travel Tag

Sony made a cracker of a mirror-less camera with an APS-C -sized sensor in it - the A6000. Whether coupled with a short zoom or with one of Sony or Zeiss' prime lenses it was just the camera that many travellers and enthusiasts wanted. It also gained somewhat of a following when people wanted to have a portable video shooter - the camera was able to follow action better than many rival mirror-less systems.Well, they've revamped it with more resolution, more AF capability, and a better viewfinder. There's far more AF points in the sensor and the viewfinder used in continuous shooting/continuous focusing is said to be the best in any mirror-less. This, and the 4K video capability, mean that this may be the best choice for sports and action photographers tending to get away from the larger DSLR cameras.It wouldn't affect me as my shooting in most cases is done of static subjects in careful set-ups...

Don't be alarmed - it's just me - the drunk loose in the whisky store. Or to be a little more accurate, the photography enthusiast loose with the new Olympus Pen F camera. I'm not armed and probably not dangerous, but I may be noisy.I'm setting myself up to test out this new camera upon the basis that some of our customers may occupy - anticipation but no technical knowledge. It'll only be the second time that I've handled a micro 4/3 camera. I don't have to pretend to ignorance - I have the genuine article.I'm going to pretend to be a tourist with the Pen F. A tourist with a memory card and a computer back home that probably does not have the raw conversion software for this new camera. A tourist on the street, seeing what can be seen. The only difference for me will be not putting the neck strap on and not wearing socks and sandals.The camera has the ability to shoot automatically - many cameras can do program or full auto these days - but...

Have you ever seen a keen wildlife photographer hauling a really big telephoto lens through the airport customs or out on a long trip. Dedicated people. aren't they? Large plastic and metal cases - aluminium road cases - giant padded nylon tubes with complex lids and catches. They look like anti-tank teams hauling their tubes and rockets - you almost expect one to tap the other on the top of the head and then stand aside from the back-blast.Well, it you are not quite that dedicated and don't use lenses all that long, there are another alternatives for carrying and protecting the things.If you have the lens on your camera but still want a bit of protection we can recommend the Op/Tec range of neoprene covers. These are generally known as Hood Hats and are available in various sizes to fit nearly all lens diameters. You can snug it onto the lens hood and whip it off when required.If you want to protect the whole lens while out and about, reverse a Snoot Boot onto it. It will also serve...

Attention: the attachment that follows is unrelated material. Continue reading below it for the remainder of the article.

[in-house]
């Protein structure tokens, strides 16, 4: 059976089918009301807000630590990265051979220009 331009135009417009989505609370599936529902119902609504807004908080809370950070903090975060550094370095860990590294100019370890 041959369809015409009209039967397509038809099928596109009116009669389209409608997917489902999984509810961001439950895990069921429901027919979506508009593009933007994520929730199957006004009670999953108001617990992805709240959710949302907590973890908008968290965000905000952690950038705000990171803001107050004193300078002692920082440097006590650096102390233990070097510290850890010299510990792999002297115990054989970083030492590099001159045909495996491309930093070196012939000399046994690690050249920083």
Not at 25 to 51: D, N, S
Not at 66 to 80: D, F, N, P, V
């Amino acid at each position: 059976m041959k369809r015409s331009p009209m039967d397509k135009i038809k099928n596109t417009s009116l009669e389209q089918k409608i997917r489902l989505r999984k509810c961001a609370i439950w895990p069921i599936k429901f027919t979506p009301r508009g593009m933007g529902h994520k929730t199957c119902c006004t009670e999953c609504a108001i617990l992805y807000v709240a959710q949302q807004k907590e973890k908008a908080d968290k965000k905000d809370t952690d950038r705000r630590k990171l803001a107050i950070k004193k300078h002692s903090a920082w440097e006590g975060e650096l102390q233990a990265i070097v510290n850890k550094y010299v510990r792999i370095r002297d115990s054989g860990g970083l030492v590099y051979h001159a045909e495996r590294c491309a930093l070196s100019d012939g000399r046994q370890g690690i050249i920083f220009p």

Odd as it may seem to modern travellers, they used to separate aircraft into types - daylight, nighttime, fine weather and bad weather. Presumably if you got caught in good weather while flying a bad-weather one all you got was hot - the other way around risked a cockpit full of water. Much the same thing with camera bags.Lowepro have frequently had AW marked on their bags - All Weather. They have little pockets under the bags and an elasticised cover folded into it. Get caught in a shower - dive into the bag and cover it over. You get soaked but the camera survives.This bag - the Photo Sport BP 300 AW II - is all weather all over - there are several zipped compartments with flaps folded over. You can choose your level of protection and how quickly you can get things into or out of it. And there are several fun features.The entry to the camera compartment is on the side - you can reach in there while wearing the thing to fetch the camera out or...

The TRS is not a failed English fighter plane project - you are thinking of the TSR.The TRS is the Tourist Refund Scheme - the government initiative to boost sales here in Australia by allowing genuine travellers a rebate of their GST when they depart from the country. It has definite rules about how much you need to buy, how and when you need to buy it, and what the limits are on what you get back.There are dedicated desks and staff to deal with this at most Australian airports that have an overseas flow-through. In Perth it is after you pass all the security business and have your shoes and belt back on, so at least you have recovered a modicum of dignity. It apparently all goes pretty smoothly when the stream of hopefuls is thin.When times are busy, however, long lines may form and the staff may not be able to cope with the rush - this is worry for the travellers because they too are on a timed schedule...